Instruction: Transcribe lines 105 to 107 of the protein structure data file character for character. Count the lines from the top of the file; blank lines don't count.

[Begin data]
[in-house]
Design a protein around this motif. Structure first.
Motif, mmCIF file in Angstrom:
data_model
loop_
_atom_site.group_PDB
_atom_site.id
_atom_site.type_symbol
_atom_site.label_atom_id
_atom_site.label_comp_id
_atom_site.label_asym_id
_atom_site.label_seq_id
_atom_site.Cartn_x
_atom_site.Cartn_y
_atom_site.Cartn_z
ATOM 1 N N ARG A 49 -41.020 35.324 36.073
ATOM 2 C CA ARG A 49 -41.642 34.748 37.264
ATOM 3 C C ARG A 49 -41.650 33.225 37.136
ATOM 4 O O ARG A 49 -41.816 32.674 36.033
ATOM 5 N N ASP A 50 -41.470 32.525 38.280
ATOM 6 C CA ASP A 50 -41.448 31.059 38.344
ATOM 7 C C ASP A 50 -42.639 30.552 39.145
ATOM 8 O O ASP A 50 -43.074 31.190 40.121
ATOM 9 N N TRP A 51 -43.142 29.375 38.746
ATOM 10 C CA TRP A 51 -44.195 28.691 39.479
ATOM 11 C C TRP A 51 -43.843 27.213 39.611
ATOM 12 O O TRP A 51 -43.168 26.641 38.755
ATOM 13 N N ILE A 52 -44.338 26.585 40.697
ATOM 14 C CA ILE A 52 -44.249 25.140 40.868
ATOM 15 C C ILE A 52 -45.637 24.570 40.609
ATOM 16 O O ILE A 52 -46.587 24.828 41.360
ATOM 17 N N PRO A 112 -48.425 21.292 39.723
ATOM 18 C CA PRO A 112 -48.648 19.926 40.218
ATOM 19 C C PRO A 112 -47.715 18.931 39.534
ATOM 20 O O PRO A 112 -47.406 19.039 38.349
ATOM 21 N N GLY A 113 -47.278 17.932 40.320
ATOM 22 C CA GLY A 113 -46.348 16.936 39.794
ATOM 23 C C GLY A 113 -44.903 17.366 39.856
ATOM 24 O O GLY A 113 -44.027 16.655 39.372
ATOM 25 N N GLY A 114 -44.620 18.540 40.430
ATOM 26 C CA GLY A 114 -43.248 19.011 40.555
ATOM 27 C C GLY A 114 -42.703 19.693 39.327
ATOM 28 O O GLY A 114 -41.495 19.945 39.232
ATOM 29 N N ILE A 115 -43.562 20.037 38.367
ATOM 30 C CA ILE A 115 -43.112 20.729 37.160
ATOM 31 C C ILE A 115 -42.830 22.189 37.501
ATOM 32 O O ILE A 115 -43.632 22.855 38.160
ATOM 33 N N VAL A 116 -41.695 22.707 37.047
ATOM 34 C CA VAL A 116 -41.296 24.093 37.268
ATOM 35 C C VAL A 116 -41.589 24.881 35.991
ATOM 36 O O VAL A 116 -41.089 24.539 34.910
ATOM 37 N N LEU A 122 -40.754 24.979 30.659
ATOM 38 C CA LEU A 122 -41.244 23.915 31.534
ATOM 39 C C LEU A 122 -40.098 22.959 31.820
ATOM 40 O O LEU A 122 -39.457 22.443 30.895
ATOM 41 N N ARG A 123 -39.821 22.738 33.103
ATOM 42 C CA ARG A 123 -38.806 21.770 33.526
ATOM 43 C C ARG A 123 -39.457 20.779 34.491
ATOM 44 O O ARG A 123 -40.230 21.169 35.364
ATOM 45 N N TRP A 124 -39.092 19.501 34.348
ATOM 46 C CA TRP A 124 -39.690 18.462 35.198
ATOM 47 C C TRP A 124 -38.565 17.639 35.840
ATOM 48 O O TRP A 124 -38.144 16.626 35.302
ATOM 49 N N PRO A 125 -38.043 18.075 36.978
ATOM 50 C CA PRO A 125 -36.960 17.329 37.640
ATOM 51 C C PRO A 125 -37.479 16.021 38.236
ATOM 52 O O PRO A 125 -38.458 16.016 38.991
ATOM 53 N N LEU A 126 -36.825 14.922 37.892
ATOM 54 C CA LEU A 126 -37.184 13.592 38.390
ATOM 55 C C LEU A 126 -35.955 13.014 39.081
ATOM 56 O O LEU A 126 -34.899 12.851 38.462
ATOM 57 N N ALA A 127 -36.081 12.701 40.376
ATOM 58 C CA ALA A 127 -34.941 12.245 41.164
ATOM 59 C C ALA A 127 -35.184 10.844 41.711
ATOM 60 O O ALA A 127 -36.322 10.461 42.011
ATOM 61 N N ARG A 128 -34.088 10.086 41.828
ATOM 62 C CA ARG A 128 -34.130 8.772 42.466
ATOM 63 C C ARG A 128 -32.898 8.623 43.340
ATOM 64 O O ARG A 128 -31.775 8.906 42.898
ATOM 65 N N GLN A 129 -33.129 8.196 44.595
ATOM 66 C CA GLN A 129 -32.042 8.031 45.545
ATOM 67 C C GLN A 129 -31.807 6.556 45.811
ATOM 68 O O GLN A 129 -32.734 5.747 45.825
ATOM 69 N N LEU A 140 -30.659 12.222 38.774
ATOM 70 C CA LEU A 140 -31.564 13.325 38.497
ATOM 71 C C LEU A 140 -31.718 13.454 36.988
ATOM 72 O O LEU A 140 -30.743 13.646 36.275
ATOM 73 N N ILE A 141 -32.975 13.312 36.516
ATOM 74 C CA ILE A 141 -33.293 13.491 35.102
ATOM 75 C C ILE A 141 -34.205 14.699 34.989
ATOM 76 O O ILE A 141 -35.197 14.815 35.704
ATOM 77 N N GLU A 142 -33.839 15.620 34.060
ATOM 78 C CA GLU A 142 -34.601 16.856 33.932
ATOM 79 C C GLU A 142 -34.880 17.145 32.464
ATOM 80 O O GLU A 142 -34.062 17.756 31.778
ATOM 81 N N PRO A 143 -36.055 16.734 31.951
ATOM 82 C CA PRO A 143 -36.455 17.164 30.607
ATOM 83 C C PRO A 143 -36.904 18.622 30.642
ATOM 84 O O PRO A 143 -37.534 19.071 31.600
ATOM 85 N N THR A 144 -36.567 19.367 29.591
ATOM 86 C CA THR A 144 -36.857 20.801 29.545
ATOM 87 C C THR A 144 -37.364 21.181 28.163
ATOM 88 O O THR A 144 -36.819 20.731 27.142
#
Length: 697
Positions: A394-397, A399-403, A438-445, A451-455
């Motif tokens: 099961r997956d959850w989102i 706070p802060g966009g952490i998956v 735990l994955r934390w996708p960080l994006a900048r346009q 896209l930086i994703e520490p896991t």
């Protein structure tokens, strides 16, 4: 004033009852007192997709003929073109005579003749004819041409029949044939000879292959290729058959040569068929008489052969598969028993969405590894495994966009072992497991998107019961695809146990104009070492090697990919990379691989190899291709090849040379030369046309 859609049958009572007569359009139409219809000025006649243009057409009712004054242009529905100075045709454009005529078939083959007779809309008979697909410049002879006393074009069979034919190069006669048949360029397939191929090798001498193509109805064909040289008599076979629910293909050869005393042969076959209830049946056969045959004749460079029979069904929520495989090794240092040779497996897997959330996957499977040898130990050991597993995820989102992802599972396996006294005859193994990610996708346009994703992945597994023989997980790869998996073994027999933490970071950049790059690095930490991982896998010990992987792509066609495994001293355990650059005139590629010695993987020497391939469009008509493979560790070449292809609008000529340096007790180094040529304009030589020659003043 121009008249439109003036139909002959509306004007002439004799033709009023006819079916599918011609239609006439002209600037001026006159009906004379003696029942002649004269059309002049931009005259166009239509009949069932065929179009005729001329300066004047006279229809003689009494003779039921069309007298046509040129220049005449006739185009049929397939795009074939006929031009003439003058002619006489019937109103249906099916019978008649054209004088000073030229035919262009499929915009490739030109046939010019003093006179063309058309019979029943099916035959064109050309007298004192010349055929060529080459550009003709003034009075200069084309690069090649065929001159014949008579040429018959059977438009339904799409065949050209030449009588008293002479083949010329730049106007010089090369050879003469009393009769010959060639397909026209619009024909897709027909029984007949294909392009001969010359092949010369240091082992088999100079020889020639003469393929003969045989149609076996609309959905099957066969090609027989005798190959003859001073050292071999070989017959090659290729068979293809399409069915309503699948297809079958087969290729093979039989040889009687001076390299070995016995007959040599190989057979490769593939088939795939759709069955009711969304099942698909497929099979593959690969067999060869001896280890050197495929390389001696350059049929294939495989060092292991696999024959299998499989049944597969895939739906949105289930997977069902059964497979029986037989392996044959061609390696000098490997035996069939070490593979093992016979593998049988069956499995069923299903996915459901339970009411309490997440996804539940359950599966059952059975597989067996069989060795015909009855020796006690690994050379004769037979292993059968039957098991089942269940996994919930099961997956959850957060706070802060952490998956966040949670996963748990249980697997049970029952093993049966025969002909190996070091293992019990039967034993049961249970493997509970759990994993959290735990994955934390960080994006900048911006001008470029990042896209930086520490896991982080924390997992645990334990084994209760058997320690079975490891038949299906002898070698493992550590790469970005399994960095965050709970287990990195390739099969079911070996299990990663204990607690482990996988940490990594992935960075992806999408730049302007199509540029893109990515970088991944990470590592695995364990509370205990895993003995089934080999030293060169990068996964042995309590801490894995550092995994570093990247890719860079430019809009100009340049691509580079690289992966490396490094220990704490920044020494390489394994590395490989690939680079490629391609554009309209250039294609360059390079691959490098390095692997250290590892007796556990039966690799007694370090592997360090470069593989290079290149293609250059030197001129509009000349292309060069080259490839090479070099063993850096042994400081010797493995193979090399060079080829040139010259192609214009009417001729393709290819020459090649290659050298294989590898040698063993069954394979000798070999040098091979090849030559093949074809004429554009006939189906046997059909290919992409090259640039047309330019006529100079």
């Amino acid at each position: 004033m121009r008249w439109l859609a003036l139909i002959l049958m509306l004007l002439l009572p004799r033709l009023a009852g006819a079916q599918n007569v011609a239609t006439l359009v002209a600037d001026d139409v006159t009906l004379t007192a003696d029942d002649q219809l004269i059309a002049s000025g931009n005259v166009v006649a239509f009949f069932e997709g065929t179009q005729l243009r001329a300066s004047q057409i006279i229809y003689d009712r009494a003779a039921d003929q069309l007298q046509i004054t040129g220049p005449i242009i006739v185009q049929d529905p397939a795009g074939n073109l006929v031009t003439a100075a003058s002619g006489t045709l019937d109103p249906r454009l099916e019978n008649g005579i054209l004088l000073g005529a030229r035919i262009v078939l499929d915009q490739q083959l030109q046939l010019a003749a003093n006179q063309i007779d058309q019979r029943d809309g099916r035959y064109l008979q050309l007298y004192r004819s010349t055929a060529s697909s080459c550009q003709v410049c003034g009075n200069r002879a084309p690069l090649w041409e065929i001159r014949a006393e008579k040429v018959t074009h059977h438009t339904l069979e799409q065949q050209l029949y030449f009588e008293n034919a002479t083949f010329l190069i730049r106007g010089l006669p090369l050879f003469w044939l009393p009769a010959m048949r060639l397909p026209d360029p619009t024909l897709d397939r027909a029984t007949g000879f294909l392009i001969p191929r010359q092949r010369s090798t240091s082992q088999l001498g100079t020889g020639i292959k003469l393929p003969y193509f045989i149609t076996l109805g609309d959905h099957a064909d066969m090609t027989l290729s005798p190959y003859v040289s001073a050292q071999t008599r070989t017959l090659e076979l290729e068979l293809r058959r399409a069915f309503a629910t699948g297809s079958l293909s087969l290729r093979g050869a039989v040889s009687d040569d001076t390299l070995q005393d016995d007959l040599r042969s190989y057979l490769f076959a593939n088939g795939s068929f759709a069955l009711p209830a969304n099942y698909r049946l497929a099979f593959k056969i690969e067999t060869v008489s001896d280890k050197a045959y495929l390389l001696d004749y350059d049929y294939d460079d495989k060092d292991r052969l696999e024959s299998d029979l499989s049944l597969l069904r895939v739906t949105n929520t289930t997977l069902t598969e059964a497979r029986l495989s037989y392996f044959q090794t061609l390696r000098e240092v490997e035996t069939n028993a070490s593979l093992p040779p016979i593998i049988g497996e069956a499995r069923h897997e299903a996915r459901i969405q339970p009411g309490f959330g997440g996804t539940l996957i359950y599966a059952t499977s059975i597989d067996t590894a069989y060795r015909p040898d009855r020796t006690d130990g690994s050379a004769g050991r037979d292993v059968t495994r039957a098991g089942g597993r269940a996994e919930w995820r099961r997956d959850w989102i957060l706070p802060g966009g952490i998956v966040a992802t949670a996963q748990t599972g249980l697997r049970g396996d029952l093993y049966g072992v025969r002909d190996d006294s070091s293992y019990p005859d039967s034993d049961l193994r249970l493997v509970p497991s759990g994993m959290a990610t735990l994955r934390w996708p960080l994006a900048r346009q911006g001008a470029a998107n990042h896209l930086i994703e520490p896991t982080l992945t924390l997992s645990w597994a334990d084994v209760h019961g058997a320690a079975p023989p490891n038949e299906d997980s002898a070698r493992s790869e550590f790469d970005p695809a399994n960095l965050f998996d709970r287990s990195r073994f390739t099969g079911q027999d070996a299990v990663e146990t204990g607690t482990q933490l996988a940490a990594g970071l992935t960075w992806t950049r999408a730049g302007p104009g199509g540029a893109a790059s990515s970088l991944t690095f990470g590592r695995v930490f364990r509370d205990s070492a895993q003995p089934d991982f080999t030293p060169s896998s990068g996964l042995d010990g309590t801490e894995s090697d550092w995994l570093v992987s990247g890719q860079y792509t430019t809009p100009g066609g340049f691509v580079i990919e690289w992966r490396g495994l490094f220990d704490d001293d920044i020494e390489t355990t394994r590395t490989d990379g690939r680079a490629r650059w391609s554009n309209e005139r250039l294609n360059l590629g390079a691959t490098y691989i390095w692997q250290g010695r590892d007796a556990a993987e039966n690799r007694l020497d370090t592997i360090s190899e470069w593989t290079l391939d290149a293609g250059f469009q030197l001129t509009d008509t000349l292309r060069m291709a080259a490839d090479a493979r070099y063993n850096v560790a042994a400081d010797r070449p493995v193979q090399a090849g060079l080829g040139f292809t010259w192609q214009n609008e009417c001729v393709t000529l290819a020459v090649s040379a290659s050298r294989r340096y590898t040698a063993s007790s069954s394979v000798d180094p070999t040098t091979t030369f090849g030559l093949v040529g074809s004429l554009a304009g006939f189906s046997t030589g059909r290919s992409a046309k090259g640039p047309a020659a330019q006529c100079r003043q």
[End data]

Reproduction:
Length: 697
Positions: A394-397, A399-403, A438-445, A451-455
């Motif tokens: 099961r997956d959850w989102i 706070p802060g966009g952490i998956v 735990l994955r934390w996708p960080l994006a900048r346009q 896209l930086i994703e520490p896991t």